ABBREVIATIONS AP = anteroposterior; CM-I = Chiari malformation type I; CM-I+SM = CM-I with SM; CPH = Cox proportional hazards; CXA = clivus canal angle; FOHR = frontal-occipital horn ratio; pB-C2 distance = distance from the ventral dura perpendicular to the line between the basion and C2; PFD = posterior fossa decompression; PFDD = PFD with duraplasty; PRSRC = Park-Reeves Syringomyelia Research Consortium; SM = syringomyelia.

In Brief

The authors conducted an analysis of factors associated with radiological syrinx outcomes in patients with Chiari malformation type I and syringomyelia. They identified posterior fossa decompression with duraplasty and younger age at surgery as important determinants of radiological syrinx improvement.

Chiari malformation type I (CM-I) is usually defined as displacement of the cerebellar tonsils ≥ 5 mm below the foramen magnum, with clinical presentation ranging from asymptomatic to severe occipitocervical headaches and diminished quality of life.21 CM-I is commonly associated with syringomyelia (SM),18,26 a fluid-filled cavity within the spinal cord, which, if left untreated, can lead to severe neurological impairment. The primary goal of surgical treatment for patients with CM-I with SM (CM-I+SM) is to expand the posterior fossa space, presumably attenuating the craniospinal pressure dissociation, relieving CSF obstruction, and decreasing the syrinx size. However, demographic, clinical, radiological, and surgical factors associated with postoperative syrinx size are not well defined. In addition, radiological definitions of syrinx improvement vary widely in the literature, and prior meta-analyses have yielded mixed findings.9,12,23,25,30 Thus, there is a need for a systematic, multiinstitutional study of pediatric patients undergoing operative treatment for CM-I+SM and analysis of multiple covariates that may influence radiological syrinx improvement or progression of disease.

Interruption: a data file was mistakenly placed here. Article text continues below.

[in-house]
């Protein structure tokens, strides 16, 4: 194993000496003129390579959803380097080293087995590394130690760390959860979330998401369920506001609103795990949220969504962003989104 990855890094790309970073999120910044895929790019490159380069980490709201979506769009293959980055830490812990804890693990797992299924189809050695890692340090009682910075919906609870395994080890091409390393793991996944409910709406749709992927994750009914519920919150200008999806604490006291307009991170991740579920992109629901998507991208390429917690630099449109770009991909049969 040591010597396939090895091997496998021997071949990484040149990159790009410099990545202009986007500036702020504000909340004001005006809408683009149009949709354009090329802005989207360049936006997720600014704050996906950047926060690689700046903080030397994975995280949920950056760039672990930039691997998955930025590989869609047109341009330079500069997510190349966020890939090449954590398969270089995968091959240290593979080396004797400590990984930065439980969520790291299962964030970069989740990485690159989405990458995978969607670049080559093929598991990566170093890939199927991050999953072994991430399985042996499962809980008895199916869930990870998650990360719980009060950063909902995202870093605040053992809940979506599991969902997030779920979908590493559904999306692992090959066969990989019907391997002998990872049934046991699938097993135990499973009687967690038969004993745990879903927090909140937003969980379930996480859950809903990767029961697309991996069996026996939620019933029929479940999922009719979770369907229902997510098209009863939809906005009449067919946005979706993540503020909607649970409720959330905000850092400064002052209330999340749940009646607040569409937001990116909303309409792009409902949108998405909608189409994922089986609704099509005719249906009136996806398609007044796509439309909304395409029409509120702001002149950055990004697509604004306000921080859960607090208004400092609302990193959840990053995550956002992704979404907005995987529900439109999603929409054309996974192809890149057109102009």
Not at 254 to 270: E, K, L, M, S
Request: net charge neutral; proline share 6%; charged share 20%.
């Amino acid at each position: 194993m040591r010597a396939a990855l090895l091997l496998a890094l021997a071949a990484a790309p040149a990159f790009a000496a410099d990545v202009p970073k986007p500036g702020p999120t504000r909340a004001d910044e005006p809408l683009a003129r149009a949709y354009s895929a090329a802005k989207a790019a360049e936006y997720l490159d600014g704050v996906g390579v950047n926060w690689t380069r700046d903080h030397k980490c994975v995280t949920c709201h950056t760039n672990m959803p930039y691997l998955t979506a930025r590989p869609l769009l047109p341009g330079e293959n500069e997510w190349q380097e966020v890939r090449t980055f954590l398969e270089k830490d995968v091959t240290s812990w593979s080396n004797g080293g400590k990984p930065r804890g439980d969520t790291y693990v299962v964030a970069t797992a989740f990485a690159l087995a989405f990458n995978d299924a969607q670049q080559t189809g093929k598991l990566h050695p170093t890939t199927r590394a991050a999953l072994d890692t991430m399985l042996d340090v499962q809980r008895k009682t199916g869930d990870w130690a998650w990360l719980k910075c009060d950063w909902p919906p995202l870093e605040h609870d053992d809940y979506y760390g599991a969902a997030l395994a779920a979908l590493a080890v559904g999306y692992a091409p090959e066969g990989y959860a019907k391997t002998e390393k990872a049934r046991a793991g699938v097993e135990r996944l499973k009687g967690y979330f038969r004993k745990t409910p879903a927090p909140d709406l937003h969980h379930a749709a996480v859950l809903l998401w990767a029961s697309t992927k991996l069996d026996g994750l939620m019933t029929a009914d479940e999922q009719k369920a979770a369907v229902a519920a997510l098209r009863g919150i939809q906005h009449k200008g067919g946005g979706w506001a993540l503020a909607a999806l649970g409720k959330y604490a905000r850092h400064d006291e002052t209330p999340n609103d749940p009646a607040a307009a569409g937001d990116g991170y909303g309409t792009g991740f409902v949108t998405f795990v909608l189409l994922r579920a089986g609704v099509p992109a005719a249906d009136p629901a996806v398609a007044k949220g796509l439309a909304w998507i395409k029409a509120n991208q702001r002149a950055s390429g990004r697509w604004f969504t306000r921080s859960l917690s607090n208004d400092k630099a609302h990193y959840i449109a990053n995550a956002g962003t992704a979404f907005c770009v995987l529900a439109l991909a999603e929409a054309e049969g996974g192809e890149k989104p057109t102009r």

The goal of our study was to identify demographic, clinical, radiological, and surgical factors associated with syrinx size in pediatric patients with CM-I+SM undergoing posterior fossa decompression (PFD) or PFD with duraplasty (PFDD) using the retrospective component of the multiinstitutional Park-Reeves Syringomyelia Research Consortium (PRSRC) database. Since radiological syrinx improvement can be, and has been, defined in many ways, we considered radiological syrinx outcomes in multiple ways: 1) syrinx resolution (postoperative syrinx anteroposterior [AP] diameter ≤ 2 mm as a dichotomous variable or ≤ 3 mm as a secondary dichotomous outcome); 2) syrinx resolution, where ≥ 50% reduction in AP diameter was treated as a dichotomous variable; 3) syrinx regression, where any reduction in AP diameter ≥ 1 mm was treated as a continuous variable; 4) syrinx length regression (i.e., reduction in the number of craniocaudal spinal levels occupied by the syrinx, as a continuous variable); 5) syrinx stability, defined as a < 1-mm change in postoperative AP diameter or < 1 vertebral level change in syrinx length; and 6) syrinx progression, defined as an increase in postoperative syrinx diameter or as an increase in syrinx length of ≥ 1 spinal level (dichotomous variables). These data provide a cohesive, multiinstitutional analysis of factors associated with radiological syrinx outcomes in pediatric patients undergoing PFD or PFDD for CM-I+SM.

Methods

Study Design